For most of the 20th century, the white gold our farmers traded in was wool, boosted by related products – mutton, lamb, and so on.
But in the late 1980s, a market shift changed the face of our economy – and in many ways our landscape – utterly.
"Agricultural subsidies were stripped away from New Zealand farmers," says journalist Pete McKenzie.
"They were exposed to the competitive pressures of the global market in a way they had never been before.
"At the same time, the price of mutton, the price of wool, of lamb, started to decline.
"One of the few agricultural products that stayed stable or grew was dairy. So thousands of New Zealand's farmers made the simple economic choice: they would shift away from the farming practices they'd had until then – largely balanced, but with a bit of a focus on sheep and other products of that sort – to intensified dairy.
"To make that shift, they had to spend a huge amount of money. So they took out an extraordinary amount of debt – something like a 260 percent increase in dairy farm debt over the last few decades – to a total of about $40 billion today.
"So now, we have this huge increase in dairy cattle in New Zealand. It's nearly doubled, from about 3.4 million to about 6.3 million. And the amount of debt those farmers are holding is staggering."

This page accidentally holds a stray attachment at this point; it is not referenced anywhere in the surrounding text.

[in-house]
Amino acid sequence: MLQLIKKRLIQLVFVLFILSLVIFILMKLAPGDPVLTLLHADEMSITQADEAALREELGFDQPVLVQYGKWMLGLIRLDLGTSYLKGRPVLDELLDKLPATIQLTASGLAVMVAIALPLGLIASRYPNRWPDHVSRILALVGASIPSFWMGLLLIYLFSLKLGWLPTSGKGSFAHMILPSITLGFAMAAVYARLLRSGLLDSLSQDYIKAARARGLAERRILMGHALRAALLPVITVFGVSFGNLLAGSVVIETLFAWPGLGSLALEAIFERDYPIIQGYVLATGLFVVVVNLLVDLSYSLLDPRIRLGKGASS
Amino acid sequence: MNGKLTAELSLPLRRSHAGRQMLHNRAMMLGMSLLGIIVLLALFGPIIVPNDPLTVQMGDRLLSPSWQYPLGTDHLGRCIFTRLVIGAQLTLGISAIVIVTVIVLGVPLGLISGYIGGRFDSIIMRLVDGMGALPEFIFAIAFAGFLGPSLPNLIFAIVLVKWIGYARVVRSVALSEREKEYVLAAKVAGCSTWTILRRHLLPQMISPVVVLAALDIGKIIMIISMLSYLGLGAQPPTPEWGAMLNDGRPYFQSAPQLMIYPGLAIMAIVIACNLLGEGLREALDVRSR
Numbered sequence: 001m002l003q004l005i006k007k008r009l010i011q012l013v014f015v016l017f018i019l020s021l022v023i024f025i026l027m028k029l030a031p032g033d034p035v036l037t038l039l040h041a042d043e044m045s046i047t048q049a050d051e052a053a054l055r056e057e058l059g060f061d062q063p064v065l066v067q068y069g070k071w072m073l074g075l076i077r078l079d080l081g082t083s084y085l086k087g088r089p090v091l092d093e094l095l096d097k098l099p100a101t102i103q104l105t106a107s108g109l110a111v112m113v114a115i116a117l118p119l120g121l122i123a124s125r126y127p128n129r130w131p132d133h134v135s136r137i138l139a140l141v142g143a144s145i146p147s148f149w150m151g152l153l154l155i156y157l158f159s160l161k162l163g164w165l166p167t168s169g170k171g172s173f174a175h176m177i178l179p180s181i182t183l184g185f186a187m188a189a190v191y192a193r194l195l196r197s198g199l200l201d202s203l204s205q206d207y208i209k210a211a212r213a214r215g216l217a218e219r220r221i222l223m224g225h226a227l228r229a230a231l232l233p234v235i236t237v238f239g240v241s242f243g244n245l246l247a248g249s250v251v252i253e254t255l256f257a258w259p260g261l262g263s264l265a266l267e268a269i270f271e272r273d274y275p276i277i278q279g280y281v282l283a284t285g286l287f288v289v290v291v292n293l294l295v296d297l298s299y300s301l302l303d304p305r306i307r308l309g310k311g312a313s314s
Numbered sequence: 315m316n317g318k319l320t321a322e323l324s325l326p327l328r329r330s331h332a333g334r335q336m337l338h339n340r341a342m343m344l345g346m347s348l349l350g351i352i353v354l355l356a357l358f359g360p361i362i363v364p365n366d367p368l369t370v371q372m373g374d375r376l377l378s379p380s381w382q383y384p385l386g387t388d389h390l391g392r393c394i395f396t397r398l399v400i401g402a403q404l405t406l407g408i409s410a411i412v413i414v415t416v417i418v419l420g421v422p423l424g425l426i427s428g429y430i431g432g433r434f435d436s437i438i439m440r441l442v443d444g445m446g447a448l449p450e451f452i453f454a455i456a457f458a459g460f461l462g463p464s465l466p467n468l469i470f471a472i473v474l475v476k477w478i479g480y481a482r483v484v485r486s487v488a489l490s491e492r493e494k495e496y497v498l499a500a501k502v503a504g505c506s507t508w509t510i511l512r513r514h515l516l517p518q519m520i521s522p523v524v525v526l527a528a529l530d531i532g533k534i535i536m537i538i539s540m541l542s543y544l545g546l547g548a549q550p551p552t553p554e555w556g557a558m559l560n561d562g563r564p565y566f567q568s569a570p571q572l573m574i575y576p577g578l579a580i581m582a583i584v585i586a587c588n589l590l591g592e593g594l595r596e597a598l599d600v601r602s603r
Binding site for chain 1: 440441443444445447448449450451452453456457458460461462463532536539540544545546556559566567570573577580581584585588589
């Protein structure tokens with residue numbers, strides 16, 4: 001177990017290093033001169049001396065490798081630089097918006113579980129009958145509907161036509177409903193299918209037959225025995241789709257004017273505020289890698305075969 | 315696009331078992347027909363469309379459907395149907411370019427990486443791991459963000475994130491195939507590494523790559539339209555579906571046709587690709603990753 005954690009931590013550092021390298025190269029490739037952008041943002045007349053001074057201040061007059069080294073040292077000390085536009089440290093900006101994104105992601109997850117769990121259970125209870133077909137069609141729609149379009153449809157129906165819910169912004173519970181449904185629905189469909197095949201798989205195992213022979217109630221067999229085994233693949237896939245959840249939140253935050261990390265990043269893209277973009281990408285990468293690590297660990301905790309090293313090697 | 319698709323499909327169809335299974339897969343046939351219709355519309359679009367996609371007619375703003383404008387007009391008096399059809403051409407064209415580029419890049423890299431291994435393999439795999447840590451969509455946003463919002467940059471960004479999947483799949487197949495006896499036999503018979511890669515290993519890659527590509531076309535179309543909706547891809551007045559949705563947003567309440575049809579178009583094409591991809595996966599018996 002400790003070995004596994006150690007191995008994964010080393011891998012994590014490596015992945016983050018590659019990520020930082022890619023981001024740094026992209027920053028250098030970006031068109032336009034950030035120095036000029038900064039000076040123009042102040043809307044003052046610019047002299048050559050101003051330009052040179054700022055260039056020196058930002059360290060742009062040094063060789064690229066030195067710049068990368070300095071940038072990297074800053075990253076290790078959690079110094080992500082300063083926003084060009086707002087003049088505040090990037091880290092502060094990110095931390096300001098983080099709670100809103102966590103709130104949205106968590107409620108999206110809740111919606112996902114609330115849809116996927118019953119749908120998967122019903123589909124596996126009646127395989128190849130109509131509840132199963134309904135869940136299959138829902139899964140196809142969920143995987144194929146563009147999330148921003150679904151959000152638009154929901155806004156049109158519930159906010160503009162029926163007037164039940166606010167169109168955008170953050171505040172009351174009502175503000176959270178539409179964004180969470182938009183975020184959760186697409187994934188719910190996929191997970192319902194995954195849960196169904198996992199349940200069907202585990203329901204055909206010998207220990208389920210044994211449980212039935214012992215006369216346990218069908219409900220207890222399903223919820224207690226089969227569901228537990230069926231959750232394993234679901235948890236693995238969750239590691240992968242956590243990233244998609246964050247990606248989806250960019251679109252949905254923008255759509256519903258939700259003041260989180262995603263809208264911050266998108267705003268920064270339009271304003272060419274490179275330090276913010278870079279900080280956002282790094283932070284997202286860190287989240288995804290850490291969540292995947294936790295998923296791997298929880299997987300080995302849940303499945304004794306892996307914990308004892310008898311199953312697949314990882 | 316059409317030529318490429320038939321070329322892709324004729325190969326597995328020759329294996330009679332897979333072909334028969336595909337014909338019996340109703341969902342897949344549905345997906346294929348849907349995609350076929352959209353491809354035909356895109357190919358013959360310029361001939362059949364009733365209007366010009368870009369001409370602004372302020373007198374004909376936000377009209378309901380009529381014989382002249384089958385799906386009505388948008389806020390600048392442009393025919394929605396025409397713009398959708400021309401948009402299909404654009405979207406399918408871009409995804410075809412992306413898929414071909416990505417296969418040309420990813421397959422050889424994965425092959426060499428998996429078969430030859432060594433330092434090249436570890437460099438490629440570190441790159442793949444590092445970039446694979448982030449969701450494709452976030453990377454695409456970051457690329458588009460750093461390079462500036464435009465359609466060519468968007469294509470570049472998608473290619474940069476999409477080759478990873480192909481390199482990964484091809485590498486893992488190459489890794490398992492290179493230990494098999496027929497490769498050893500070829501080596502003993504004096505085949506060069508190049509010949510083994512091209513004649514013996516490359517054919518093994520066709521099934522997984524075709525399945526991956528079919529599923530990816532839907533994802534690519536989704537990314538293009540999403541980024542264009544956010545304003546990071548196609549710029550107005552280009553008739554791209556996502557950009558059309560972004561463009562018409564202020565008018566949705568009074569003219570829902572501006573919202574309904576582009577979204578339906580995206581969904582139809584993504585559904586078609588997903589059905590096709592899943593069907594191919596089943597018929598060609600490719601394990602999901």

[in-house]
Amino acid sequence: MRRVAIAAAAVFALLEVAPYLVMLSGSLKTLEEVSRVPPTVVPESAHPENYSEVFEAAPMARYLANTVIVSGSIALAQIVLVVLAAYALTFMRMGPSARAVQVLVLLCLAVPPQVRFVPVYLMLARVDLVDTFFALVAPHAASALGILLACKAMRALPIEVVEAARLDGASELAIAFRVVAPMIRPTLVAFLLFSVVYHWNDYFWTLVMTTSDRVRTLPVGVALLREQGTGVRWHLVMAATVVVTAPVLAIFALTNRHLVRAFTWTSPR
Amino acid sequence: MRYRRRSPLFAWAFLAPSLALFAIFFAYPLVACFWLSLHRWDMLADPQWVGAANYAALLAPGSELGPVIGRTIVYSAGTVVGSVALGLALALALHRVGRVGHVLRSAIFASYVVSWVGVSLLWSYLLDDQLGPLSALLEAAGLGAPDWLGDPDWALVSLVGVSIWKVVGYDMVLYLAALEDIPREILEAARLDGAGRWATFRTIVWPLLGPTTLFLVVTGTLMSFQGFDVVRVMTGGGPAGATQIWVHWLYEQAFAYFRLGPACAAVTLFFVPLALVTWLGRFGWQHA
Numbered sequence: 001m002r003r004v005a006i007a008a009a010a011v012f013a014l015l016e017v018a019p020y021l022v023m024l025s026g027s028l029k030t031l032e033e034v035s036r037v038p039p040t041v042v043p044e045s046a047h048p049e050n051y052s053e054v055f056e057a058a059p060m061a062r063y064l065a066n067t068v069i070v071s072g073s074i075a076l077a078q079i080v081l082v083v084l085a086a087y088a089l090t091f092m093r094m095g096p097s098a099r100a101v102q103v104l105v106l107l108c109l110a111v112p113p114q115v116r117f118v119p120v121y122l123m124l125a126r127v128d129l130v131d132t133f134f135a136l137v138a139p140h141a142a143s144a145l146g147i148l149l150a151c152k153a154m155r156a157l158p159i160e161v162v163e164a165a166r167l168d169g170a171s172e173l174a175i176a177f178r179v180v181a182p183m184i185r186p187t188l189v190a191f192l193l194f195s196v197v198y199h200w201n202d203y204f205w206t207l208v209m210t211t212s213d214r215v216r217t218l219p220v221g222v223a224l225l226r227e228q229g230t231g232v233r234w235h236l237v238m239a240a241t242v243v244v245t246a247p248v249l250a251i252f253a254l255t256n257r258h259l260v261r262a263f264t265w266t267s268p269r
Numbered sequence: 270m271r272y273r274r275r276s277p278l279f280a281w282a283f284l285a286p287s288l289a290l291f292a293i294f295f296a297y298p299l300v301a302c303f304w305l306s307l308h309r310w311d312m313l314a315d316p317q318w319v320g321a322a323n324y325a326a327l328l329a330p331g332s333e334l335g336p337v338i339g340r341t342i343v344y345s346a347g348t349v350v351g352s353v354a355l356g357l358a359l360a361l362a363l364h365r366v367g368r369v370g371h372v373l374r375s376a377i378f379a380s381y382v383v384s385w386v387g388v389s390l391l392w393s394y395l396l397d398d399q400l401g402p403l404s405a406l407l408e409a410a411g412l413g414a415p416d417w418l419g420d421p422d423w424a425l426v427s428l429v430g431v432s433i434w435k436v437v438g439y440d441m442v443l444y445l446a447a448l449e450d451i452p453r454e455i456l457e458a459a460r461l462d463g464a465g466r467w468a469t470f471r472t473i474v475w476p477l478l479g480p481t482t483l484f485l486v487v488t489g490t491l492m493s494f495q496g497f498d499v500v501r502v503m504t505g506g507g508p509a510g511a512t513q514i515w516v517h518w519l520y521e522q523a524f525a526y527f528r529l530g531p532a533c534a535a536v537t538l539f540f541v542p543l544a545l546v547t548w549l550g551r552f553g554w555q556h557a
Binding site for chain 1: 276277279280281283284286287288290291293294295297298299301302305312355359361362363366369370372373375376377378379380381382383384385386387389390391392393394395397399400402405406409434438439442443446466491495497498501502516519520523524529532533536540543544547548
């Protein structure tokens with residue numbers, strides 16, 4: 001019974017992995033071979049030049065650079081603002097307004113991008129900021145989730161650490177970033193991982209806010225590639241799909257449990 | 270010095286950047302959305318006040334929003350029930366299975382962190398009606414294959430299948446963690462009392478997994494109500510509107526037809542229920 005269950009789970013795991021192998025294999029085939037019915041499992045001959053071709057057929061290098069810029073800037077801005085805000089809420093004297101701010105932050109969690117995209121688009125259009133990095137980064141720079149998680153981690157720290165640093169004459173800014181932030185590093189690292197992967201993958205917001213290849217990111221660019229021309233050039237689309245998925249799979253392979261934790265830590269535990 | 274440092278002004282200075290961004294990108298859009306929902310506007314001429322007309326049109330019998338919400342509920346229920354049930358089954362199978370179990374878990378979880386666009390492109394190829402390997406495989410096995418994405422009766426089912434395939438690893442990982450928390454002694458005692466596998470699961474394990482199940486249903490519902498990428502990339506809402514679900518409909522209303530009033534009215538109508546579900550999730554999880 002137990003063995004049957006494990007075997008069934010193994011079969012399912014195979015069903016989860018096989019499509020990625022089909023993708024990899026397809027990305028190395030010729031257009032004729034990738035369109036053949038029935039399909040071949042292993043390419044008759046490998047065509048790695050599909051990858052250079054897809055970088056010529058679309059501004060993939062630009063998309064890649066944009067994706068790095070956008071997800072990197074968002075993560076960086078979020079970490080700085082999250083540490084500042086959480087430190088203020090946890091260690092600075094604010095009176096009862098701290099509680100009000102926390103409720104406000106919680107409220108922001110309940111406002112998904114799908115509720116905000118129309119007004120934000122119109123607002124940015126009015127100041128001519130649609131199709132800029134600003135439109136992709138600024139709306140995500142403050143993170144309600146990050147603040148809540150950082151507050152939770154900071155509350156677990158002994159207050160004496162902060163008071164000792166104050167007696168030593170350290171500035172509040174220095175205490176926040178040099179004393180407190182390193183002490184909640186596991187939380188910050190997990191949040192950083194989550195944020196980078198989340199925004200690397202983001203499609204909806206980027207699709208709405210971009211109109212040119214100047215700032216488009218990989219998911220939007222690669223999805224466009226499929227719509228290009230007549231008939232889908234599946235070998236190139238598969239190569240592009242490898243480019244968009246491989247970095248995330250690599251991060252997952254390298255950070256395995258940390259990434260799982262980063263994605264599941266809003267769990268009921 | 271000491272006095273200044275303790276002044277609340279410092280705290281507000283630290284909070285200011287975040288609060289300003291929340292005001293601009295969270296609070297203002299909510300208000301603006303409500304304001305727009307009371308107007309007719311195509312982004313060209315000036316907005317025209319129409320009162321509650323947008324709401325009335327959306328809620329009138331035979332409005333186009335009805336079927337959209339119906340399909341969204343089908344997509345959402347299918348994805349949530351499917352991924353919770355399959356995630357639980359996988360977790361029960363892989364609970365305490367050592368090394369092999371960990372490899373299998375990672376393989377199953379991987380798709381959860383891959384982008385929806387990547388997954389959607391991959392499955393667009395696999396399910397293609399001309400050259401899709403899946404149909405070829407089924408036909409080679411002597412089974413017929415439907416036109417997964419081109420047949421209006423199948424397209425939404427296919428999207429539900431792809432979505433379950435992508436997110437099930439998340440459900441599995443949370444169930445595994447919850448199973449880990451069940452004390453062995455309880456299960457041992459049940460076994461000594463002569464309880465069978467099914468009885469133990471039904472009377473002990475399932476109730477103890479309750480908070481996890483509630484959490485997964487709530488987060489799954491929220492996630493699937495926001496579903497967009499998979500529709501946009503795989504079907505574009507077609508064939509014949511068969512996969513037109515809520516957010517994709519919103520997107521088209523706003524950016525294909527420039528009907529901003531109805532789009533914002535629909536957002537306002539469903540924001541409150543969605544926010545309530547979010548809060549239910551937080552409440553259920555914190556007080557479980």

In 2021, dairy farming faces a big issue: while the switch to dairy has been financially beneficial, with dairy exports rising by 1,000 percent in 30 years to more than $20 billion, Aotearoa's Climate Change Commission has recommended a reduction of about 13 percent over the coming decade in dairy herd sizes. But with such sizeable debt to service, a wholesale pivot to a different product isn't viable.
But waiting in the wings is a burgeoning industry which could easily be integrated into existing farms, providing a way of softening the blow of reducing cattle numbers: oats.
Pete McKenzie has written a piece for the Sunday Star-Times about the burgeoning oat milk industry, which is predicted to grow to a $US1 billion over the next five years, and the ways New Zealand's oat growers, oat milk companies, and local investment funds are manoeuvring to try to get a slice of that pie.
In today's episode of The Detail, McKenzie speaks to Emile Donovan about the past and present of oat growing in New Zealand; the complicated way oats are turned into 'milk'; issues with processing and scale which are hampering growth; a bold move from Southland's regional development agency which could be a game-changer; and the hopes that a more diversified use of land could help reintroduce a sense of balance into farming in Aotearoa, without crippling the agricultural sector.